An Encyclopaedia on Chinese History, Literature and Art

Di 狄

Aug 19, 2012 © Ulrich Theobald

Don't confuse this people with the later Di 氐, relatives to the Qiang 羌 and Tanguts 黨項.

Di 狄, occasionally written 翟, was an old general term for nomadic peoples living in the northwestern regions. They are the northern representatives of the four categories of uncivilized "barbarians", the other being the "western barbarians" Rong 戎, the "eastern barbarians" Yi 夷, and the "southern barbarians" Man 蠻.

During the Spring and Autumn period 春秋 (770-5th cent. BCE) Chinese chronicles mention the White Di 白狄, the Red Di 赤狄, and the Tall Di 長狄 (called so because they had taller bodies). The leaders of the Red Di bore the family name of Kui 隗 which might be a hint that they are identical to the Guifang 鬼方 people mentioned in Shang period 商 (17th-11th cent. BC) oracle bone inscriptions. They lived in the area of modern Shaanxi, Gansu and Ningxia. The Confucian Classic Shangshu 尚書 "Book of Documents" mentions campaigns of the Shang kings against the Guifang people in the west.

The early kings of the Zhou dynasty 周 (11th cent.-221 BCE) also regularly waged war against the steppe peoples and often enslaved war captives of the Di tribes. The pastoral nomads often migrated into the territory of the northwestern regional states of Qin 秦 and Jin 晉 and settled down in Chinese territory. They founded some statelets and were able to defeat minor Chinese states, like Xing 邢 or Wei 衛. Their growing power stimulated the Chinese regional states to conclude military alliances against the permanent raids undertaken by the Di, and because the kings of Zhou were unable to provide an effective defence, Duke Huan of Qi 齊桓公 (r. 685-643) took over the position of the defender of the Chinese regional states against the northern barbarians.

The Di so stimulated the rise of the institution of the hegemonial lord (ba 霸) during the Spring and Autumn period. Yet the Di tribes continued harassing the regional states and even forced the king of Zhou to flee the capital Luoyang 洛陽. The hegemonial lord Duke Wen of Jin 晉文公 (r. 636-628) defeated the Di and brought back the king to the capital. Various tribes of the Red Di people advanced as far as the eastern states of Qi 齊 and Lu 魯, but their power vaned in the late Spring and Autumn period, and their polities like Lu 潞, Shenshi 申氏, Liuxu 留吁, Duochen 鐸辰, Gaoluo 皋落 and Qiangjiu 廧咎 were conquered by Jin.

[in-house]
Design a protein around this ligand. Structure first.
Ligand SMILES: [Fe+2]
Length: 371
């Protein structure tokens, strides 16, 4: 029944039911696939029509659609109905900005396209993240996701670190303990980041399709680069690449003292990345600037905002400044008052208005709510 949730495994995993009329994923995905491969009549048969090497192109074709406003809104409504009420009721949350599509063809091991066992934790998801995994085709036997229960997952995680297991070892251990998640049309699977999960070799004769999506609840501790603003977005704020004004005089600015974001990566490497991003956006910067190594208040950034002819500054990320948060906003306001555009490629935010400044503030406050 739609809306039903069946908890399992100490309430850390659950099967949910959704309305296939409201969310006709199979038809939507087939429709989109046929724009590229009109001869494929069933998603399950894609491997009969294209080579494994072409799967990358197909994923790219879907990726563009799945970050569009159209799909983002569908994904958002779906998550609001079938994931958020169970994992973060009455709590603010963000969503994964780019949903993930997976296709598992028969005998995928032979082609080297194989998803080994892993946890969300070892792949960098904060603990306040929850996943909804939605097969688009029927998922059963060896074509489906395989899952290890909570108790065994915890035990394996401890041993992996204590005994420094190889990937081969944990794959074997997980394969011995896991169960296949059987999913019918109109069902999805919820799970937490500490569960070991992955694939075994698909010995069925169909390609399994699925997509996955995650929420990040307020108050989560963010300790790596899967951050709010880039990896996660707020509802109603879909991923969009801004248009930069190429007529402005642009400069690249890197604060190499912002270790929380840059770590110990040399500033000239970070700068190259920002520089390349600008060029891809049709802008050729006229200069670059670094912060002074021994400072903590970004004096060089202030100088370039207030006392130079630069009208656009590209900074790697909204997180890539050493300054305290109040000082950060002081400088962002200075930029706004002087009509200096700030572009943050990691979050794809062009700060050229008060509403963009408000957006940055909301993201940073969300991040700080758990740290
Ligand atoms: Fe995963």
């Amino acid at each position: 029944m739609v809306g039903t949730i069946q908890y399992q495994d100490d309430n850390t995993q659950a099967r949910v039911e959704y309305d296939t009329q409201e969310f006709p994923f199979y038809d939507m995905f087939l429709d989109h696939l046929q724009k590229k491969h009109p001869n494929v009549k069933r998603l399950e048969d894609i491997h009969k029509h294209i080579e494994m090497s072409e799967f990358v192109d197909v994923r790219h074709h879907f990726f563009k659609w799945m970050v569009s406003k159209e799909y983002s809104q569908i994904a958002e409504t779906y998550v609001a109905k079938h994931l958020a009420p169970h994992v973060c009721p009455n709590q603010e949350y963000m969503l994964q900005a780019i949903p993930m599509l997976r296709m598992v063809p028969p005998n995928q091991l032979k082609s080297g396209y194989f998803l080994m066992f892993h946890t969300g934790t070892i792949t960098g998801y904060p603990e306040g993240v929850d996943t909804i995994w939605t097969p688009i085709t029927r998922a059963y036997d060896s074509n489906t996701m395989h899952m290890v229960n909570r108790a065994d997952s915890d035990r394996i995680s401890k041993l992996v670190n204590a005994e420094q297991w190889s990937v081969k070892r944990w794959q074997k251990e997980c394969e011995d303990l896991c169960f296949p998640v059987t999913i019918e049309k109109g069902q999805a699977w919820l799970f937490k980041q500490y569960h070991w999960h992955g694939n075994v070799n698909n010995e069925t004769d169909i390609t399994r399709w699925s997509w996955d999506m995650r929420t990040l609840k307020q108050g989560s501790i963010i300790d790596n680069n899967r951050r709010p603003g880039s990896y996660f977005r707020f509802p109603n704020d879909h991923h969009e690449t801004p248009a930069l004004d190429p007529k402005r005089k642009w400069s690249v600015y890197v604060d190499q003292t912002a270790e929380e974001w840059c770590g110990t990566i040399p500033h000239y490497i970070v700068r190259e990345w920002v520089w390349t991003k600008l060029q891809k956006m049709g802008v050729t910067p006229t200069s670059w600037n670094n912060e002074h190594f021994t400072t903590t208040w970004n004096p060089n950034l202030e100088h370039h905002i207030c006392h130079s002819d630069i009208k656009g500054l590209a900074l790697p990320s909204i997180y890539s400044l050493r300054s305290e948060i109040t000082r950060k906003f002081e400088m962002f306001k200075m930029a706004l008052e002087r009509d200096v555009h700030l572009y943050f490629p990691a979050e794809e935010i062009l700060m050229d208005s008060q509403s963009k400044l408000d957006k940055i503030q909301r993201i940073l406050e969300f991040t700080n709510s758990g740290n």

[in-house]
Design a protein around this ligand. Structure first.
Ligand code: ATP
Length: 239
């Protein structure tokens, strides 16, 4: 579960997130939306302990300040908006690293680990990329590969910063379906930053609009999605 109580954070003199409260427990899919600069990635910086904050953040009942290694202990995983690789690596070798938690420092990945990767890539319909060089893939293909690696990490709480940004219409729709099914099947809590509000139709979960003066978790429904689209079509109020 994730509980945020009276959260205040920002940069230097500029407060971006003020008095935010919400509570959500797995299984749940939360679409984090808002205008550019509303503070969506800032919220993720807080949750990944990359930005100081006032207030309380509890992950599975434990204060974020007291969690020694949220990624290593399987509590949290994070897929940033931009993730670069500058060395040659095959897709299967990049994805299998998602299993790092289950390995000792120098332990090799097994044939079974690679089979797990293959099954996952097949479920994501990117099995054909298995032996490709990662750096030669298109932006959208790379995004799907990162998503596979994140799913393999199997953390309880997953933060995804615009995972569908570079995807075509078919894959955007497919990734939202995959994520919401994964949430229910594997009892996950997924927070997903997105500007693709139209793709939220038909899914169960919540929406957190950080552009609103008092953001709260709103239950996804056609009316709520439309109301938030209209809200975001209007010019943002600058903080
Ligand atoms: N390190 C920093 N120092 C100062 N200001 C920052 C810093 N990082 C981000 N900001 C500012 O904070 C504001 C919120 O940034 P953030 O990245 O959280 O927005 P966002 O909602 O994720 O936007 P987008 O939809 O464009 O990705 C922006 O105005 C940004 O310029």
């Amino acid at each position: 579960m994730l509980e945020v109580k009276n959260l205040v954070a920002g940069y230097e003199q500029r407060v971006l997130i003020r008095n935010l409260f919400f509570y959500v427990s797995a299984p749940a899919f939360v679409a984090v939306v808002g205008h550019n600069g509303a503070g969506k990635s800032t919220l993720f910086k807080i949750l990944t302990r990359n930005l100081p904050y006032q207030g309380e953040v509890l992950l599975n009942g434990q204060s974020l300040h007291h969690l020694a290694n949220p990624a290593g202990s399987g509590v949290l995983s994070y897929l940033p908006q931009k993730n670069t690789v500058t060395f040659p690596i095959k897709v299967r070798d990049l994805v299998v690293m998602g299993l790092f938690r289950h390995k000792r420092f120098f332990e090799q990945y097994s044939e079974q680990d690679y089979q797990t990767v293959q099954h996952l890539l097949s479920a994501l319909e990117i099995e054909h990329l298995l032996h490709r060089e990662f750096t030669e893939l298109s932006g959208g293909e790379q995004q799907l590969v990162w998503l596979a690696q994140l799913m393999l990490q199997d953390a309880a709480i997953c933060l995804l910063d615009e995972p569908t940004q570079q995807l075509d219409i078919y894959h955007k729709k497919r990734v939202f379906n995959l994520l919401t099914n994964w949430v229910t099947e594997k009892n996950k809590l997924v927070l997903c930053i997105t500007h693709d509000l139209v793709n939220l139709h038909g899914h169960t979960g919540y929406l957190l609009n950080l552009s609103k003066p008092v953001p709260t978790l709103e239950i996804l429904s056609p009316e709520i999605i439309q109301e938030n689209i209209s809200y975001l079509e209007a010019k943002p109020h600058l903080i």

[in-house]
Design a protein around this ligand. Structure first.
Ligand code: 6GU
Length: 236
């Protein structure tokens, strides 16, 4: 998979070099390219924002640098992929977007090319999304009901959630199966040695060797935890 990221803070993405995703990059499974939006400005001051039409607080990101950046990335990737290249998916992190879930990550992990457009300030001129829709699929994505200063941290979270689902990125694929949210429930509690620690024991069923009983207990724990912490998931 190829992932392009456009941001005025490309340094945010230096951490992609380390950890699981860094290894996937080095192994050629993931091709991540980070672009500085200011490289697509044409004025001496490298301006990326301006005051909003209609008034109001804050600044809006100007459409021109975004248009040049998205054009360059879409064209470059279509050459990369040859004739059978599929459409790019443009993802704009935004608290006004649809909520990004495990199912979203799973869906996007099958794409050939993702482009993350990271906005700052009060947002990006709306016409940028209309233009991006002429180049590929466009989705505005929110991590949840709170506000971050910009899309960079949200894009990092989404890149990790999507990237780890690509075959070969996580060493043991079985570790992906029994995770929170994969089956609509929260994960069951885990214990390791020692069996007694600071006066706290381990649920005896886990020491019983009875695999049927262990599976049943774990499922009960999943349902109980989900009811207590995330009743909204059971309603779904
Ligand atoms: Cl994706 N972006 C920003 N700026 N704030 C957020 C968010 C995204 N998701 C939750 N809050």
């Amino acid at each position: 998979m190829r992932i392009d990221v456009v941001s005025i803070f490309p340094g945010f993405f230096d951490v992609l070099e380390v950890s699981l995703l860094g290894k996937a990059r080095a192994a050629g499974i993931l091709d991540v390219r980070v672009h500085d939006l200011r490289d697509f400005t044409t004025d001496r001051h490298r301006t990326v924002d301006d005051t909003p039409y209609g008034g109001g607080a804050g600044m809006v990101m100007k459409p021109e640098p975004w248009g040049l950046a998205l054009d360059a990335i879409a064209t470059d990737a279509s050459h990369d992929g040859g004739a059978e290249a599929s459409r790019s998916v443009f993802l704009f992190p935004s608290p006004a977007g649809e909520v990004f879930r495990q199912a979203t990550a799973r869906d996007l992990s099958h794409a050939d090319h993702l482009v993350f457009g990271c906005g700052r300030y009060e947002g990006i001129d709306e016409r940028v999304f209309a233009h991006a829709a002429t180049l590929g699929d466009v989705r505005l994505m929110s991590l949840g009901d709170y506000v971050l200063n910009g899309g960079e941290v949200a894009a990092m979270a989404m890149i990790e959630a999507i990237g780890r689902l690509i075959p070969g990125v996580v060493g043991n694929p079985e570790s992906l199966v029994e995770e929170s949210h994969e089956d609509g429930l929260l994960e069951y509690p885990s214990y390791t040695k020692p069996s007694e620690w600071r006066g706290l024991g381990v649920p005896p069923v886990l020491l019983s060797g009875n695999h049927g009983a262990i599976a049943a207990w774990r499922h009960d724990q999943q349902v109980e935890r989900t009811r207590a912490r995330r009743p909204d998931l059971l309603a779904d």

The White Di who originally lived in western Shaanxi, also migrated towards the east and founded states like Xianyu 鮮虞, Fei 肥 and Gu 鼓. The White Di of Xianyu founded the state of Zhongshan 中山 and during the Warring States period 戰國 (5th cent.221 BCE) adopted the title of king. The remnants of their residence and the royal tomb were excavated during the 1970s. Archaeological remnants show that the Di were no longer a "barbarian" people but had culturally merged with the Chinese regional states.

The Chang Di migrated to the region of Henan and Hebei, where they also founded a series of smaller states, but they were less belligerent and were dominated by the Red Di. The Di had vanished as a distinct people at the end of the Zhou period.

Duan Lianqin 段連勤 (1986). "Di 狄", in Zhongguo da baike quanshu 中國大百科全書, Minzu 民族 (Beijing/Shanghai: Zhongguo da baike quanshu chubanshe), 92.
Gao Wende 高文德, ed (1995). Zhongguo shaoshu minzu shi da cidian 中國少數民族史大辭典 (Changchun: Jilin jiaoyu chubanshe), 22, 261, 363, 381, 594, 837, 1011, 1103.
Meng Mo 蒙默 (1992). "Di 狄", in Zhongguo da baike quanshu 中國大百科全書, Zhongguo lishi 中國歷史 (Beijing/Shanghai: Zhongguo da baike quanshu chubanshe), Vol. 1, 163-164.
Shi Xuanyuan 施宣圓 et al., ed. (1987). Zhongguo wenhua cidian 中國文化辭典 (Shanghai: Shanghai shehui kexue yuan chubanshe), 681.
Yang Qingzhen 楊慶鎮 (1993). "Di 狄", in Shi Quanchang 石泉長, ed. Zhonghua baike yaolan 中華百科要覽 (Shanyang: Liaoning renmin chubanshe), 42.
Zhou Weizhou 周偉洲, Ding Jingtai 丁景泰, ed. (2006). Sichou zhi lu da cidian 絲綢之路大辭典 (Xi'an: Shaanxi renmin chubanshe), 355.